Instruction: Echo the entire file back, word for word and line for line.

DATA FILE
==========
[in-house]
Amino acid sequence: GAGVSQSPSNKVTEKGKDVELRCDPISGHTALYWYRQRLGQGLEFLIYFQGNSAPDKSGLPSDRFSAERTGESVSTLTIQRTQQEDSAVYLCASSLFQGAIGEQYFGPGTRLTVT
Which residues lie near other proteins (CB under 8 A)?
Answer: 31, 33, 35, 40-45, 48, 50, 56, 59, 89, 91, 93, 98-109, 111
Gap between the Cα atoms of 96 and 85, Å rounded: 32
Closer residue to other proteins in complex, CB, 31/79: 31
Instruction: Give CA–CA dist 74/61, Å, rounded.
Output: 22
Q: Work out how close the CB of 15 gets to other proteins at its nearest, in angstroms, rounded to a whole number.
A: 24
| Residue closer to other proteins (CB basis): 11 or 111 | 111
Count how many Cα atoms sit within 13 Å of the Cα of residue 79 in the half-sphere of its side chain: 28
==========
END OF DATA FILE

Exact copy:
[in-house]
Amino acid sequence: GAGVSQSPSNKVTEKGKDVELRCDPISGHTALYWYRQRLGQGLEFLIYFQGNSAPDKSGLPSDRFSAERTGESVSTLTIQRTQQEDSAVYLCASSLFQGAIGEQYFGPGTRLTVT
Which residues lie near other proteins (CB under 8 A)?
Answer: 31, 33, 35, 40-45, 48, 50, 56, 59, 89, 91, 93, 98-109, 111
Gap between the Cα atoms of 96 and 85, Å rounded: 32
Closer residue to other proteins in complex, CB, 31/79: 31
Instruction: Give CA–CA dist 74/61, Å, rounded.
Output: 22
Q: Work out how close the CB of 15 gets to other proteins at its nearest, in angstroms, rounded to a whole number.
A: 24
| Residue closer to other proteins (CB basis): 11 or 111 | 111
Count how many Cα atoms sit within 13 Å of the Cα of residue 79 in the half-sphere of its side chain: 28